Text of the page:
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Environmental Public Health Division

Harris County Ozone

March through October is ozone season in the greater Houston area. Sign up for email ozone alerts here.

Download our ozone brochure here.

Ozone statistics available here

The EPA has designated Harris County as being in moderate nonattainment of its 8-hour ozone standard. Harris County participates with other state and local agencies in maintaining a monitoring network to provide the public with current ozone data and advisories.

Ozone (O3) is a compound containing three oxygen atoms. Molecules of normal oxygen (O2) are composed of two oxygen atoms. Ozone can be found in the upper atmosphere and at ground level. It occurs naturally in the upper atmosphere where it blocks harmful UV radiation. It forms at ground level when pollutants react to form photochemical smog. Ozone is highly reactive and at high concentrations it may corrode metals, degrade plastics, and cause respiratory irritation.

Ozone is a major component of photochemical smog

Ozone forms at ground level when nitrogen oxides and volatile organic compounds combine in the presence of sunlight. Nitrogen oxides are found in car exhaust and industrial emissions. Volatile organic compounds enter the atmosphere from industrial emissions, paints and solvents, evaporated gasoline, and natural sources. The ideal conditions for ozone formation are hot, clear days with calm winds.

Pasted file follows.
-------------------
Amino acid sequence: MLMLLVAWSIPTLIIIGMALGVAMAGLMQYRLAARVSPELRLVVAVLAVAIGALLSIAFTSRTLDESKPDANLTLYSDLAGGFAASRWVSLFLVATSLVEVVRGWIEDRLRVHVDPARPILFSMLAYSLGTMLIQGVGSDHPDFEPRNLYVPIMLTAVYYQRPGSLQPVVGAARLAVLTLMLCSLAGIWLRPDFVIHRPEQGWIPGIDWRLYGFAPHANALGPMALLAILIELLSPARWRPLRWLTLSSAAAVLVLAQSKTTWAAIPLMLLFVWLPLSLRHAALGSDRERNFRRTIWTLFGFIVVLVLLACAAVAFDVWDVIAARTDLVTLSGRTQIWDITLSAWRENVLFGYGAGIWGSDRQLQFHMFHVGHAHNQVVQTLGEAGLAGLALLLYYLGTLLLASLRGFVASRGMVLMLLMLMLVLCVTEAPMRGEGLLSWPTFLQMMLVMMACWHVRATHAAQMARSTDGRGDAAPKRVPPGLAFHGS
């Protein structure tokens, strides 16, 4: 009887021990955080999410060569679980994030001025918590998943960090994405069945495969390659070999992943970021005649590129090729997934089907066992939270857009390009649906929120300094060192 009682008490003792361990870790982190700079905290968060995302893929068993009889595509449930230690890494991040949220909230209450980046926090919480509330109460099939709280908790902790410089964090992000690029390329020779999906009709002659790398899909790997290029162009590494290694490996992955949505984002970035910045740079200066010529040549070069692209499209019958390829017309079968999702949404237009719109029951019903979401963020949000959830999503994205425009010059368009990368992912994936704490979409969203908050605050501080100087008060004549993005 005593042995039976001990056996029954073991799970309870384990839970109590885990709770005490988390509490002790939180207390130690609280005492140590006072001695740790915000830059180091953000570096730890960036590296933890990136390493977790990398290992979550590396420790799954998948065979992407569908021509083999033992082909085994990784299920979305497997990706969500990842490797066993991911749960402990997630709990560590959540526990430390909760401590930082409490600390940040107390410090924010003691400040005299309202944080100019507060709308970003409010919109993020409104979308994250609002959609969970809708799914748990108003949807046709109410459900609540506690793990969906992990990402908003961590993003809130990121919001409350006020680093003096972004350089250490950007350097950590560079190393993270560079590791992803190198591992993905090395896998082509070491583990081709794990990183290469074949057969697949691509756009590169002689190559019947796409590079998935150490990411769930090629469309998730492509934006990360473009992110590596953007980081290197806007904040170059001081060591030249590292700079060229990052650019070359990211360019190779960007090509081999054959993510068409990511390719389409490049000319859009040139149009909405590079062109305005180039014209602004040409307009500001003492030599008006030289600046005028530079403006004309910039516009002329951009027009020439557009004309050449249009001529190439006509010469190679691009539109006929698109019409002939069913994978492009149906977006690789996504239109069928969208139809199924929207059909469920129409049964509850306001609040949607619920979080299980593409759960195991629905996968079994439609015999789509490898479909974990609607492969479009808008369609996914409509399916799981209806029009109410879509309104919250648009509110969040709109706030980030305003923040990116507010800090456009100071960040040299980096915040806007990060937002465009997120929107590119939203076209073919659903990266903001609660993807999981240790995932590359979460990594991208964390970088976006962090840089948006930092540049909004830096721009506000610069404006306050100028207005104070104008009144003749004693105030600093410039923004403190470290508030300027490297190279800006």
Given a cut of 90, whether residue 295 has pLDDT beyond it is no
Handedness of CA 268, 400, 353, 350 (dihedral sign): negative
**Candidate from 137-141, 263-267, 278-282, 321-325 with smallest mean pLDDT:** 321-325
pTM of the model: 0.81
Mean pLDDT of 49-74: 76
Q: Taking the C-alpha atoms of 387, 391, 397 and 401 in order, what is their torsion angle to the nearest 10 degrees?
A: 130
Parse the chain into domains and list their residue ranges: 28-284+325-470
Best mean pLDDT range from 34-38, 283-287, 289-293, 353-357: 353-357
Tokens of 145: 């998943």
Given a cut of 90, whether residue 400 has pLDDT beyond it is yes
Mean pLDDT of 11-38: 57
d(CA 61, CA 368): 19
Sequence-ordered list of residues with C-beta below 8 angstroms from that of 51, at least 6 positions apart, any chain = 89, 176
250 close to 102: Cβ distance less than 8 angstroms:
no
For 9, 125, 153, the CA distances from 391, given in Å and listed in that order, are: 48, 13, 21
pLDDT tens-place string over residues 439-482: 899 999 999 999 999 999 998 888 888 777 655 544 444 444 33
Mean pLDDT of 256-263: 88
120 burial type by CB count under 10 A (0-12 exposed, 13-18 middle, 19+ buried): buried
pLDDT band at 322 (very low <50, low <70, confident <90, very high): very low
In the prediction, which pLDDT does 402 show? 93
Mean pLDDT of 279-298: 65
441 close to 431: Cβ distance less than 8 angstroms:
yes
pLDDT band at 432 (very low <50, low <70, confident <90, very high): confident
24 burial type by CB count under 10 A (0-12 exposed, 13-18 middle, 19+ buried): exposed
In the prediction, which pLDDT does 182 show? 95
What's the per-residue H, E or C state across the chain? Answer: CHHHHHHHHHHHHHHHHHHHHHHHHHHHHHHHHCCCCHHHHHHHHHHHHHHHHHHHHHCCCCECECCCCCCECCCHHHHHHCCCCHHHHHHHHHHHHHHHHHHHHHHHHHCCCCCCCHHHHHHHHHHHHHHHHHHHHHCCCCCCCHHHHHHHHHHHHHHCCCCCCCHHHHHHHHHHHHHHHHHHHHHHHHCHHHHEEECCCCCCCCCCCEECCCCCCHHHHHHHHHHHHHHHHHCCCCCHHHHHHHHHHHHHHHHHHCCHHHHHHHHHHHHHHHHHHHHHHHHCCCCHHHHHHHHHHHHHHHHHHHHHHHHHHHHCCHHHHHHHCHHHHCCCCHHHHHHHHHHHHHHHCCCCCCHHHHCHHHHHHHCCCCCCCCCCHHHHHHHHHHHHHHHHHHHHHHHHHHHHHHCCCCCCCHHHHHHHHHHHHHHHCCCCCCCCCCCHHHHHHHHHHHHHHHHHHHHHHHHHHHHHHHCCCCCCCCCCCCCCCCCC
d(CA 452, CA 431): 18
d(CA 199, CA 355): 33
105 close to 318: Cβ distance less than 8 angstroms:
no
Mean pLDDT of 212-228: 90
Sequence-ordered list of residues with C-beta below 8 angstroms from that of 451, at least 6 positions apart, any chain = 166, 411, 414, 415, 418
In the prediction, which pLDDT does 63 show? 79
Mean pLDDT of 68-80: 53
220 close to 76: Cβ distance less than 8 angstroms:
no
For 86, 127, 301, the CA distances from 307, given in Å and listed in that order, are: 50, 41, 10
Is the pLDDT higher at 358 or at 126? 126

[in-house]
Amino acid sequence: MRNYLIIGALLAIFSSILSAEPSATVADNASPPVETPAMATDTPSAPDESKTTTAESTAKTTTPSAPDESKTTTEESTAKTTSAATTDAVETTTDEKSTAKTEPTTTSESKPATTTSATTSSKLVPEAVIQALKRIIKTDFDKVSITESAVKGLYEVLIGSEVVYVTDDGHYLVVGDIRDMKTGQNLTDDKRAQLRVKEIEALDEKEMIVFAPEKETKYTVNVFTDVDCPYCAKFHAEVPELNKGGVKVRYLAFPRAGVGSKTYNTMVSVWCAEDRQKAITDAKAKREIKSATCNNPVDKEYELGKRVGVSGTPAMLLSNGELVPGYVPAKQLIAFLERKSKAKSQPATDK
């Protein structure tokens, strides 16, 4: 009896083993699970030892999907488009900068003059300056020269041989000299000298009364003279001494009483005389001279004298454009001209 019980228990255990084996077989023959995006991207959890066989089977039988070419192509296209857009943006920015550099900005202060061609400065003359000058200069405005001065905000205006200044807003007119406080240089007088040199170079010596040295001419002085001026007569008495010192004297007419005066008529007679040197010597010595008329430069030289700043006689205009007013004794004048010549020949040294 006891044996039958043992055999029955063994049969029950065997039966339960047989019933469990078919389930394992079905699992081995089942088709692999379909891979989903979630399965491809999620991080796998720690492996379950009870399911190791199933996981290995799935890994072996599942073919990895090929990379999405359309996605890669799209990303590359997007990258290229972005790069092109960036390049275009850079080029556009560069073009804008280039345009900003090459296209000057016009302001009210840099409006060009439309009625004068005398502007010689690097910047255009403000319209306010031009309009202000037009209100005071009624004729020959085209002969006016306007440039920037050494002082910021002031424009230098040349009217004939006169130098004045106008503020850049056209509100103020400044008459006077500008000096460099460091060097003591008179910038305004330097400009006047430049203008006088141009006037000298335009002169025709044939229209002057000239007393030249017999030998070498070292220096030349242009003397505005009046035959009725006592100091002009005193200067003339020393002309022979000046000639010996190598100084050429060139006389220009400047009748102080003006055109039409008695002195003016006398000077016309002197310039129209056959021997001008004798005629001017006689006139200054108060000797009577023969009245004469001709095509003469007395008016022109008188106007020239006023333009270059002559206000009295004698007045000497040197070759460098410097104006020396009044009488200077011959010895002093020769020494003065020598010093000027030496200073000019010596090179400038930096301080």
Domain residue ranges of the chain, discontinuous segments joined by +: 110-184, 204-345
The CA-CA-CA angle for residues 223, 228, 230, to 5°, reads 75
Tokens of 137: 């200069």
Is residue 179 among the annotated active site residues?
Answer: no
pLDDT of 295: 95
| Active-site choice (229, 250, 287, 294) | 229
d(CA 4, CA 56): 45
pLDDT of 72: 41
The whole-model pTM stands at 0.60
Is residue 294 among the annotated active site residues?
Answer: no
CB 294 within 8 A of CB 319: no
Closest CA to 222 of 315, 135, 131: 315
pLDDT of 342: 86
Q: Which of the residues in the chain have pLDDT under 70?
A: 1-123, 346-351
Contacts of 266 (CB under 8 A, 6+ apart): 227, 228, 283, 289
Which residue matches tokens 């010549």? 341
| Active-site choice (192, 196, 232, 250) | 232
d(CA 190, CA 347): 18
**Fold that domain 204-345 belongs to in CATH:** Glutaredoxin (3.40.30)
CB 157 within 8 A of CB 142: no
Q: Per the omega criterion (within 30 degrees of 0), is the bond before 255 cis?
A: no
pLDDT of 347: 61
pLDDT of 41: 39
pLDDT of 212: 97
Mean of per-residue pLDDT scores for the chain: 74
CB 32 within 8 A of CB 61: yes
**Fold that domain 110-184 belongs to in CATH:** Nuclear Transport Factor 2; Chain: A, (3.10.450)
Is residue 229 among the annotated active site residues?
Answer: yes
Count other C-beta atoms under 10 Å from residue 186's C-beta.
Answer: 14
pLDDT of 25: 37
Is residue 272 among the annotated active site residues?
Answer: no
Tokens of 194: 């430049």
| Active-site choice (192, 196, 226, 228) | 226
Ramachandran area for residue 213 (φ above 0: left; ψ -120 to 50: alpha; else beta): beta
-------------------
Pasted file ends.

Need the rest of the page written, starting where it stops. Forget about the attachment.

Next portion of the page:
Ground level ozone can cause inflammation of the lungs and repeated exposure to high levels may cause scaring of lung tissue and diminished lung capacity. Some studies have also linked ozone exposure to increased incidence of heart attack and respiratory infection. Sensitive individuals such as people with respiratory conditions, parents of young children, and the elderly should pay close attention to ozone warnings and avoid outdoor activity when ozone levels are high. Strenuous outdoor exercise should also be avoided when ozone levels are high.
View current ozone levels across Harris County here.

You can assist in reducing ozone levels in Harris County. Maintain your vehicle to reduce emissions. Purchase gasoline and mow your lawn in the evening so that vapors dissipate when solar radiation is low. Use public transportation where available. Turn off unnecessary lights and appliances to reduce emissions from power plants. It will take the cooperation of the public, industry, and regulatory agencies to restore our air quality in Harris County. Please do your part.






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Last updated:  March 17, 2010 
Harris County Public Health & Environmental Services
2223 West Loop South
Houston, TX 77027
Tel: (713) 439-6000